As a Chair and CEO, I have hired and fired employees in the past – I can confirm that I absolutely loathe making people redundant. I work independently via my coaching business CertaintyOne, as well as an associate of Work Horizons. It is vitally important for companies to do what they need in order to survive the pandemic, which means cutting costs where needed. But after the pandemic is over, can we really expect employees to fully re-engage and perform well when working from home without expert coaching? This requires a fresh approach and a major change in attitude…
In the current climate, the temptation for many is to cut costs and treat employees as a commodity is extremely strong. Directors who need to complete pandemic-driven cost cutting exercises, such as furloughing, redundancy, future outplacements, and general overhead reductions never find this easy.
But how do Directors actually make these decisions?
It is vitally important to maintain the long-term loyalty of any remaining employees, whilst still protecting or enhancing the business’ success and reputation. Leaders need to remember that staff members may still be reeling from the loss of their fellow employees and need some extra motivation and support during these difficult times.
Are employees really seen as worthy investments?
If a business or charity is facing extreme pressure, employees should be carefully considered as a ‘protected’ asset. It is traditionally expected that Directors turn to their Financial Directors for help, whose focus is always on the numbers. Together, they typically set targets for the following areas:
Making returns for investors
Handling and retaining key customers
Reducing stock and manufacturing costs
Fine-tuning dependence on supply and distribution channels
Cutting the numbers and costs of employees
But employees should not just be recognised as a ‘wage cost’ on a balance sheet – they possess key skills, experience, and a commitment to your operation as a whole.
The effects of COVID-19 and the approaching Fourth Industrial Revolution
Today’s economy is rapidly changing due to the impact of covid-19 and the fast-approaching Fourth Industrial Revolution; and so, Directors may need to think even more carefully about their staff. Leaders should aim to achieve the optimal combination of the remaining human workforce, alongside the upcoming use of AI and RPA (Robot Process Automation) – this will ensure a positive and balanced impact on the future of the work itself.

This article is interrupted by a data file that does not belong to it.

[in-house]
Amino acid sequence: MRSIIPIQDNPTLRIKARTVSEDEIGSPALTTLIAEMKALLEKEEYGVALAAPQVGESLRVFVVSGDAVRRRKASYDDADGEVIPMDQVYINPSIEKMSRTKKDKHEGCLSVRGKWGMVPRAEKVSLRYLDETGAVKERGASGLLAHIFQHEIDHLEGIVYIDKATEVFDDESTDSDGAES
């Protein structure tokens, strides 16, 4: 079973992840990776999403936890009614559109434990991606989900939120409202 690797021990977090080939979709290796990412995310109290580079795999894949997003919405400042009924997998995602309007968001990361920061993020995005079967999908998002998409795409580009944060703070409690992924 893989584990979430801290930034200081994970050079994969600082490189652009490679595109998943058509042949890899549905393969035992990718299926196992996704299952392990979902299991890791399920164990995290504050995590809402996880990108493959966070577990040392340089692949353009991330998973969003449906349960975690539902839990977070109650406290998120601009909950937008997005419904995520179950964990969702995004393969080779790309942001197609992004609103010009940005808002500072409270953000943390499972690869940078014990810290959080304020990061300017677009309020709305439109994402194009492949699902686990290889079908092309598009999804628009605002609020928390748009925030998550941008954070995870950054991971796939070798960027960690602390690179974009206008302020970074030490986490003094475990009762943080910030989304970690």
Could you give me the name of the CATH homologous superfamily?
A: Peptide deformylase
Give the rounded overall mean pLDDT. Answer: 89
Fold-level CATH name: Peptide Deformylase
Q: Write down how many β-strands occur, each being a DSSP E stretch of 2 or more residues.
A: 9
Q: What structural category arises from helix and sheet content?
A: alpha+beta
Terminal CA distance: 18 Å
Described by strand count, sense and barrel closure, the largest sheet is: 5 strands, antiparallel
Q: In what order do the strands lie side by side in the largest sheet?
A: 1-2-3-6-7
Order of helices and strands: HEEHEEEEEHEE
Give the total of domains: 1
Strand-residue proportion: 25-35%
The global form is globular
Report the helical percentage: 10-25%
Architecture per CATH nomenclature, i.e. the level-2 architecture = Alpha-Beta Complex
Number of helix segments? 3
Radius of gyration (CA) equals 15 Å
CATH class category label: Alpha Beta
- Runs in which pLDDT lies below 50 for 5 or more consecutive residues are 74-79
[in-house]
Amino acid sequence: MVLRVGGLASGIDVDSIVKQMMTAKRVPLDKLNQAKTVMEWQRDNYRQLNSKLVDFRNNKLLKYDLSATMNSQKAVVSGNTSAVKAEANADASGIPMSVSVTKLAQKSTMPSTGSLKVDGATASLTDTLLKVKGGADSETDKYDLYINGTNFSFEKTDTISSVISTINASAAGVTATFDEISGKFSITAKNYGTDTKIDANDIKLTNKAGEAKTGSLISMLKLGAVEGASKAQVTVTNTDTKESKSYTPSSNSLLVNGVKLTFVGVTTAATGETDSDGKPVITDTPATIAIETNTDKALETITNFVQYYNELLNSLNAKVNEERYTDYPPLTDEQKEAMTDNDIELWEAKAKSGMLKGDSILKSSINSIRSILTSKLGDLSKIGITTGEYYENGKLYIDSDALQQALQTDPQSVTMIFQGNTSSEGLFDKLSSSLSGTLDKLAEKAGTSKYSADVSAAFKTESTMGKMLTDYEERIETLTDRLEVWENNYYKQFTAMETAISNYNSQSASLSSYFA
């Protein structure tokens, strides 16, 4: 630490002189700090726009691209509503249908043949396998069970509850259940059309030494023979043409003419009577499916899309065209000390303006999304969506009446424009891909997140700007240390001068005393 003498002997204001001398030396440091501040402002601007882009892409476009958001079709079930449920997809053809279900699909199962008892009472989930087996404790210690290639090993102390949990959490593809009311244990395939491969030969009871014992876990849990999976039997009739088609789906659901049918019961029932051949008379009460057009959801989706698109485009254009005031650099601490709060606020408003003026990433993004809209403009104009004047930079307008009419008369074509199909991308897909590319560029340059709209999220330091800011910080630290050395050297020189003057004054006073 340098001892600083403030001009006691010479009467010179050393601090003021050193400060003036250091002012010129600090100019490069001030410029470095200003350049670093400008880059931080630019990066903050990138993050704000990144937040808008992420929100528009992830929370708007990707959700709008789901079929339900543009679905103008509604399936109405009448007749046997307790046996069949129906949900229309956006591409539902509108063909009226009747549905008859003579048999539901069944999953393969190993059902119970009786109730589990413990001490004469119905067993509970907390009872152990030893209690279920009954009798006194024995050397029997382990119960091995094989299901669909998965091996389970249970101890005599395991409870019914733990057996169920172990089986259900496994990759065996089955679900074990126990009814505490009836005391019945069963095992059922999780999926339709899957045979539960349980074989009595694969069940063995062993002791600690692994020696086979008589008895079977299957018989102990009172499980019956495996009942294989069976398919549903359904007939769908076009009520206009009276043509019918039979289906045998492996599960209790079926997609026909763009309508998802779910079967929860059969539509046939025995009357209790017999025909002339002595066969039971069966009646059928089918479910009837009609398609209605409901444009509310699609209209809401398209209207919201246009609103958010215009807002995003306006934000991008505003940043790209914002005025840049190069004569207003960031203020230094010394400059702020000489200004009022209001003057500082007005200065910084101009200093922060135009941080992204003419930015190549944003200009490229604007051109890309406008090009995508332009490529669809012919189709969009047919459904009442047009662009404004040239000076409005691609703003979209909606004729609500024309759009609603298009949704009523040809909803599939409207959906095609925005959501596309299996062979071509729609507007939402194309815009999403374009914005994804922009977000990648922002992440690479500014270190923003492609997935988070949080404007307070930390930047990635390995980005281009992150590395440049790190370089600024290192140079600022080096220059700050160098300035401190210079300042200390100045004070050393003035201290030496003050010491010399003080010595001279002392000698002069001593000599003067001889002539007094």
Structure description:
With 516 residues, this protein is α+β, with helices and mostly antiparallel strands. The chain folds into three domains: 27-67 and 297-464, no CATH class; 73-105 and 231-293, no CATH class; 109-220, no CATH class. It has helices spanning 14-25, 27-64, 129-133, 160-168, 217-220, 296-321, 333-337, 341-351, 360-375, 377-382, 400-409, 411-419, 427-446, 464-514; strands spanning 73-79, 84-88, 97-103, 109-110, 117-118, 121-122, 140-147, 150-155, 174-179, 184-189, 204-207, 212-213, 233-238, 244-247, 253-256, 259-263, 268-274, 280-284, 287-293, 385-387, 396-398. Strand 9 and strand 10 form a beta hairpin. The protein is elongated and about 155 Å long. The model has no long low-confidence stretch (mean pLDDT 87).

The Fourth Industrial Revolution comes with its own set of concerns and an inevitable resistance to change. Team composition and staff profiles will need to alter dramatically – Finance and HR departments will not necessarily need to rely on fewer people as a result of smart technologies, but they will need to nurture different skill sets and approaches to work.
The impact on a Director’s reputation if they fail to value staff
Local communities, customers and suppliers will notice if any Chief Executive, Managing Director, HR or Financial Director is responsible for any of the following:
Hurriedly reducing costs by cutting long-serving loyal staff, whilst not appearing to consider their real value.
Harshly reducing or minimising redundancy compensation amounts.
Being unaware of any outgoing employees’ struggles i.e., unemployment and financial issues.
Assuming that any remaining employees will continue to work effectively and not harbour any grudges about how their past work colleagues have been treated.
Directors of modern companies need to work much closer with their HR Directors. HR Directors are best positioned to assess, profile and coach employees; helping them to develop and grow. Together, these key decision-makers should invest in some expert leadership coaching for their staff so they can adapt to new ways of working – whether full-time, part-time or from home. Staff are then more likely to succeed at their role through excellent job performance.
Even in these difficult times, companies MUST allocate funds to invest in people and reshape their roles to suit this current changing world.
How to make redundancies with compassion and care
First and foremost, all Directors must treat everyone fairly – especially is they are making, or have made, redundancies. They must support outgoing employees with fair redundancy payments, which will help them to survive and feed their families, whilst buying them time to recover, retrain and find new jobs.
If a business does not possess these skills in-house, they can enlist the short-term support of a specialist external service provider. Those made redundant will need to be resilient in an economy where new jobs are scarce or may not exist at all in certain sectors. Asking for external help may prove invaluable.
Every life matters
Communities, customers, distributors, suppliers, and other businesses will notice and remember how business owners and Directors behaved when they needed to cut jobs. But they will also remember those organisations who helped people the most during these hard times. This includes investing by coaching.
We all play our part in today’s society. Every life matters, and every good deed made towards redundant individuals and remaining employees’ careers helps to develop a good and caring society of which we can all be proud to be part.